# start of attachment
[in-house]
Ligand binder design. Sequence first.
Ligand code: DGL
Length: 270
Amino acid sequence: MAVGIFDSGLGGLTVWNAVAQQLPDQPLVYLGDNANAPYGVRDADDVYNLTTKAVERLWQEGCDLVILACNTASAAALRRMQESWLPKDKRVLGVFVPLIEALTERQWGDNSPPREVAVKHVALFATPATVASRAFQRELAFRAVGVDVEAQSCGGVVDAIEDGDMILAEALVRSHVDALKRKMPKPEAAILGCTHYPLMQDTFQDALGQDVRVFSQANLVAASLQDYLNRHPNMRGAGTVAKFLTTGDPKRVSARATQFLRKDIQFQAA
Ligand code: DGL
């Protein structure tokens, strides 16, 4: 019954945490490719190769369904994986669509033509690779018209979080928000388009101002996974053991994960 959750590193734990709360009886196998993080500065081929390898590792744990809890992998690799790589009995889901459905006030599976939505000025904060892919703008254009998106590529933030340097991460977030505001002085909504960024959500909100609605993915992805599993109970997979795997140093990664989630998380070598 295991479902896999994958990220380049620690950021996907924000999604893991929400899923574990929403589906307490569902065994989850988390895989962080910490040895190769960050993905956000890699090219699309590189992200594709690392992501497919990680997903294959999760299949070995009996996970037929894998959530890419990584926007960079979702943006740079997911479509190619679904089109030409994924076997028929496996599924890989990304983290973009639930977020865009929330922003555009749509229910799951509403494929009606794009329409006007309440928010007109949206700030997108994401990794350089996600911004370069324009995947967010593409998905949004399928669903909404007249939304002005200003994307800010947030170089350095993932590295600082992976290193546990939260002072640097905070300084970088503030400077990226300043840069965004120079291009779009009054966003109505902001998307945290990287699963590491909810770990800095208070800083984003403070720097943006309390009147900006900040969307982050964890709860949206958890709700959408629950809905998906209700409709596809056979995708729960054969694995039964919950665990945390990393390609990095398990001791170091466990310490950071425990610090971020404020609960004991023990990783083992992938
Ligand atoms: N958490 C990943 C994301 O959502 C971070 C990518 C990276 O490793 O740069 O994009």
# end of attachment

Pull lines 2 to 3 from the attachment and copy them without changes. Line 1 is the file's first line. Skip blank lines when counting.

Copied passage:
Ligand binder design. Sequence first.
Ligand code: DGL